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I'm wondering what's the best way -- or if there's a simple way with the standard library -- to convert a URL with Unicode chars in the domain name and path to the equivalent ASCII URL, encoded with domain as IDNA and the path %-encoded, as per RFC 3986.

I get from the user a URL in UTF-8. So if they've typed in http://➡.ws/♥ I get 'http://\xe2\x9e\\xe2\x99\xa5' in Python. And what I want out is the ASCII version: ''.

What I do at the moment is split the URL up into parts via a regex, and then manually IDNA-encode the domain, and separately encode the path and query string with different urllib.quote() calls.

# url is UTF-8 here, eg: url = u'http://➡.ws/㉌'.encode('utf-8')
match = re.match(r'([a-z]{3,5})://(.+\.[a-z0-9]{1,6})'
                 r'(:\d{1,5})?(/.*?)(\?.*)?$', url, flags=re.I)
if not match:
    raise BadURLException(url)
protocol, domain, port, path, query = match.groups()

    domain = unicode(domain, 'utf-8')
except UnicodeDecodeError:
    return ''  # bad UTF-8 chars in domain
domain = domain.encode('idna')

if port is None:
    port = ''

path = urllib.quote(path)

if query is None:
    query = ''
    query = urllib.quote(query, safe='=&?/')

url = protocol + '://' + domain + port + path + query
# url is ASCII here, eg: url = ''

Is this correct? Any better suggestions? Is there a simple standard-library function to do this?

share|improve this question
up vote 41 down vote accepted


import urlparse, urllib

def fixurl(url):
    # turn string into unicode
    if not isinstance(url,unicode):
        url = url.decode('utf8')

    # parse it
    parsed = urlparse.urlsplit(url)

    # divide the netloc further
    userpass,at,hostport = parsed.netloc.rpartition('@')
    user,colon1,pass_ = userpass.partition(':')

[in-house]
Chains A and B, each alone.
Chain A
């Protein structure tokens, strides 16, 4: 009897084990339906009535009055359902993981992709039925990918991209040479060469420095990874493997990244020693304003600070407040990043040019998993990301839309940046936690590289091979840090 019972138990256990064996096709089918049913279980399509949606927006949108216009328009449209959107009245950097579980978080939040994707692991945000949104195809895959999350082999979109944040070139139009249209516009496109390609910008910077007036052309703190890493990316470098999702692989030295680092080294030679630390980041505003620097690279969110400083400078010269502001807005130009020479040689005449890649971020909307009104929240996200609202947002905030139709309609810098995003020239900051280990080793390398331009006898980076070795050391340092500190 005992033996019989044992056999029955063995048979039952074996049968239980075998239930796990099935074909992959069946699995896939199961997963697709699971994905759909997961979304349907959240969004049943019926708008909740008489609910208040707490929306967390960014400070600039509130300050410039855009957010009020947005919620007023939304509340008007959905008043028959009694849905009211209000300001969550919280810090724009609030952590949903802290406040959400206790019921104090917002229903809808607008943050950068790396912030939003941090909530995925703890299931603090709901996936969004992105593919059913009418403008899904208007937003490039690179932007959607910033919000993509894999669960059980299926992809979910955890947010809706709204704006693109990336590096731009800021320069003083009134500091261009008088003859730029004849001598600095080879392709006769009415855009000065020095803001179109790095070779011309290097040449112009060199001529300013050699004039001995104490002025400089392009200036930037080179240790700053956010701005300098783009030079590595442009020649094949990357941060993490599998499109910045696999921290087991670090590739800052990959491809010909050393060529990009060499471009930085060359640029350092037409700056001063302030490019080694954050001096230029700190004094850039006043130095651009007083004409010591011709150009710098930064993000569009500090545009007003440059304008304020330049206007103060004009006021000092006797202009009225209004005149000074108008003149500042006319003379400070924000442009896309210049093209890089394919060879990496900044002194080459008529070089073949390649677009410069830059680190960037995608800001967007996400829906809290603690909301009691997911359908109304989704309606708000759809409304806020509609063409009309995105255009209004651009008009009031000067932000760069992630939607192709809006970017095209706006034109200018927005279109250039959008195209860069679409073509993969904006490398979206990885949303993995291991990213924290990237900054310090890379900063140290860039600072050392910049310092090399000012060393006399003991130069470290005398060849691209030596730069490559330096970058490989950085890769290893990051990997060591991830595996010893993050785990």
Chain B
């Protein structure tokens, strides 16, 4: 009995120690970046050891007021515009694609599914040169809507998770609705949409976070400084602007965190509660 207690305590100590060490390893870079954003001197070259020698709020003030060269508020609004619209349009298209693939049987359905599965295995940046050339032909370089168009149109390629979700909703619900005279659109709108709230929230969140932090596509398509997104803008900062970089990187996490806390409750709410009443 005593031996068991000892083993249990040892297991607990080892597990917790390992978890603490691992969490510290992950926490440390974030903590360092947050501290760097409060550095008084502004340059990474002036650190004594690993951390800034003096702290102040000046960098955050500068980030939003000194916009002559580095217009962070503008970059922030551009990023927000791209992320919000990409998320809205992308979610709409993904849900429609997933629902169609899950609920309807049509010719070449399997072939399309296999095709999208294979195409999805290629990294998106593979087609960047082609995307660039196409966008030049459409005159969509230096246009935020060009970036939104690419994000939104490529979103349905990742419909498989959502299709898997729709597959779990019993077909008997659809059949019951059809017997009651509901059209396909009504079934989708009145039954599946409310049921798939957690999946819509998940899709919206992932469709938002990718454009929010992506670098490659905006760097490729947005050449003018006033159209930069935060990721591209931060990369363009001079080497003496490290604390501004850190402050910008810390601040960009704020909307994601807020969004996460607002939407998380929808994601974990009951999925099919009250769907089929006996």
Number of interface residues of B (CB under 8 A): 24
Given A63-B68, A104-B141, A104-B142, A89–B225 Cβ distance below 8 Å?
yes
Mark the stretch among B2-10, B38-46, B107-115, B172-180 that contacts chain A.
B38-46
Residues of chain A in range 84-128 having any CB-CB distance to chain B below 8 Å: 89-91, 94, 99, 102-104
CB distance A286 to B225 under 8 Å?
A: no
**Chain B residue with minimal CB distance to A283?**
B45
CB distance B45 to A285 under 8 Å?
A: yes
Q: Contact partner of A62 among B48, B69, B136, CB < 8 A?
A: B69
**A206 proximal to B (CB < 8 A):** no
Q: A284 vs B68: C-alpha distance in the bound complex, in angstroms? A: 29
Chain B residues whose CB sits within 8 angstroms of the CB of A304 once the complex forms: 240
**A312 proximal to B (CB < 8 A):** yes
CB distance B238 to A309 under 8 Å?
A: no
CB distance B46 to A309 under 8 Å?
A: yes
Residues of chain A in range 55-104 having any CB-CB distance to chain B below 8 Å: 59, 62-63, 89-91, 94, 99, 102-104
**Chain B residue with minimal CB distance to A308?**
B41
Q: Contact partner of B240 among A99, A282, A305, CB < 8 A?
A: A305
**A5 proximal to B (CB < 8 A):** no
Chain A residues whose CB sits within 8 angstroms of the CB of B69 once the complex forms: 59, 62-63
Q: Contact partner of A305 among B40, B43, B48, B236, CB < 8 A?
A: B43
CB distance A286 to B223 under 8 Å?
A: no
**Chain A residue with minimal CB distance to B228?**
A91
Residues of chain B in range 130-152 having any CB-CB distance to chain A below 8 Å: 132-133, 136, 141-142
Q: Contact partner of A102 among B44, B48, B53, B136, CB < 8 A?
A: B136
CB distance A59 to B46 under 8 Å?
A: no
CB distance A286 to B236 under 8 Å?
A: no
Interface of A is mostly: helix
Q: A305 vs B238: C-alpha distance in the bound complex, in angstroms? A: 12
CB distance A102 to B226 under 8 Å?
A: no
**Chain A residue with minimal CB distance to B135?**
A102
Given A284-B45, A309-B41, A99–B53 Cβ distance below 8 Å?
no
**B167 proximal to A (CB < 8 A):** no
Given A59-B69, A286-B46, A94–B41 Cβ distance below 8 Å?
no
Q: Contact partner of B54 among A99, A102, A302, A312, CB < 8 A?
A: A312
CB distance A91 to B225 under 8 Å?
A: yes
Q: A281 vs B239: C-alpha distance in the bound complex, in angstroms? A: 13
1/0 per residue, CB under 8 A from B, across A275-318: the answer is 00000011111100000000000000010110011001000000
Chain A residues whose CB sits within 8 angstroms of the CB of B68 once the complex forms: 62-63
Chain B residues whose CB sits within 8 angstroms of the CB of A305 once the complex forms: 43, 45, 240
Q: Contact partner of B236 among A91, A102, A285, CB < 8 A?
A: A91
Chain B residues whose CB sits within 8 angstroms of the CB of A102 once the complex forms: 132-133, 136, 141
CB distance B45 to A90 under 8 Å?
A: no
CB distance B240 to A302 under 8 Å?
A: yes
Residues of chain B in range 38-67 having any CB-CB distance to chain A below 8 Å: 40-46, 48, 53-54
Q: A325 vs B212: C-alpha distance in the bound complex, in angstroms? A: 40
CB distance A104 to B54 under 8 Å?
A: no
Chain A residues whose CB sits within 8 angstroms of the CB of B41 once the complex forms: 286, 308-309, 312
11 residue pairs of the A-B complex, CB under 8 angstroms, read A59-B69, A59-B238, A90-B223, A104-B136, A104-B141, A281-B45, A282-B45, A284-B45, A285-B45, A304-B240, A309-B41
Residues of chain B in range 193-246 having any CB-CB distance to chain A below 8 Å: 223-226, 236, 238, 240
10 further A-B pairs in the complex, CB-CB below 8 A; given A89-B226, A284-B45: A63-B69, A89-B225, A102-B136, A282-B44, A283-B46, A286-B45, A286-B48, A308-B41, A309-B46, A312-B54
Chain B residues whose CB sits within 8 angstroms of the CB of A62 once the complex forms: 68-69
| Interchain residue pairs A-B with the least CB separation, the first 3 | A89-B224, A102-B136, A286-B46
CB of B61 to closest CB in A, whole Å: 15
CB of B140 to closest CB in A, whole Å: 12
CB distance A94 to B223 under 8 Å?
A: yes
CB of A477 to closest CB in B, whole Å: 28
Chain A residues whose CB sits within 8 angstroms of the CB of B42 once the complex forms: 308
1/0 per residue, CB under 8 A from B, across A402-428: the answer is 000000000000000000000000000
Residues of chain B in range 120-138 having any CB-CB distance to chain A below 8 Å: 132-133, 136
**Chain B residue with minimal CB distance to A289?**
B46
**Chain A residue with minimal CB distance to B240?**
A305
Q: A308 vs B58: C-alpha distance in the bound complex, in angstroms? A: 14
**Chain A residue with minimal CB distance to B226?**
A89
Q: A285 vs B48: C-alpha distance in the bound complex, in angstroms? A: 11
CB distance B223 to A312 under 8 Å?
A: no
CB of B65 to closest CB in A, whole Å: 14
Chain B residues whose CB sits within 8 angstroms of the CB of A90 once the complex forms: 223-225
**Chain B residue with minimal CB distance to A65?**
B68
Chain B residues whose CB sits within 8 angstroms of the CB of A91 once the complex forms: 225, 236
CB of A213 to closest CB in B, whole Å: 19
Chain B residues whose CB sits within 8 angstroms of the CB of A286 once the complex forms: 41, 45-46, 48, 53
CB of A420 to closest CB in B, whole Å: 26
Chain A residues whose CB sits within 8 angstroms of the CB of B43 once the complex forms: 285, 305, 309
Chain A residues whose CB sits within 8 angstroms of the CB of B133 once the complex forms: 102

host,colon2,port = hostport.partition(':')

    # encode each component
    scheme = parsed.scheme.encode('utf8')
    user = urllib.quote(user.encode('utf8'))
    colon1 = colon1.encode('utf8')
    pass_ = urllib.quote(pass_.encode('utf8'))
    at = at.encode('utf8')
    host = host.encode('idna')
    colon2 = colon2.encode('utf8')
    port = port.encode('utf8')
    path = '/'.join(  # could be encoded slashes!
        for pce in parsed.path.split('/')
    query = urllib.quote(urllib.unquote(parsed.query).encode('utf8'),'=&?/')
    fragment = urllib.quote(urllib.unquote(parsed.fragment).encode('utf8'))

    # put it back together
    netloc = ''.join((user,colon1,pass_,at,host,colon2,port))
    return urlparse.urlunsplit((scheme,netloc,path,query,fragment))

print fixurl('http://\xe2\x9e\\xe2\x99\xa5')
print fixurl('http://\xe2\x9e\\xe2\x99\xa5/%2F')
print fixurl(u'http://Åsa:abc123@➡.ws:81/admin')
print fixurl(u'http://➡.ws/admin')


Read more:


  • Fixed the case of already quoted characters in the string.
  • Changed urlparse/urlunparse to urlsplit/urlunsplit.
  • Don't encode user and port information with the hostname. (Thanks Jehiah)
  • When "@" is missing, don't treat the host/port as user/pass! (Thanks hupf)
share|improve this answer
Nice solution, thanks. Good call about using urlparse/unparse, and noticing the case of already-quoted chars in the input. But I'm unsure why you need the split('/') logic, because urllib.quote() already considers slashes safe. See also my new, doctested, and somewhat more complete solution below. – Ben Hoyt Apr 30 '09 at 2:39
The problem is that '/' is considered a path separator, while '%2F' is not. If I just unquote the string, they become one and the same. Maybe it would be better to never unquote the path at all, and encode all existing '%' as '%25'..? – Markus Jarderot Apr 30 '09 at 7:52
netloc != domain, so you should parse the domain out from user:pass@domain:port first then convert to idna – Jehiah May 21 '10 at 21:32
The edited version with user/port information support does no more work for URLs without user or port information. The username, password and port should be parsed out conditionally. I used the following regex to do this: (?:(?P<user>[^:@]+)(?::(?P<password>[^:@]+))?@)?(?P<host>[^:]+)(?::(?P<port>[0-‌​9]+))?, then accessed the values using the groupdict: p.match(parsed.netloc).groupdict() – hupf Feb 20 '12 at 15:50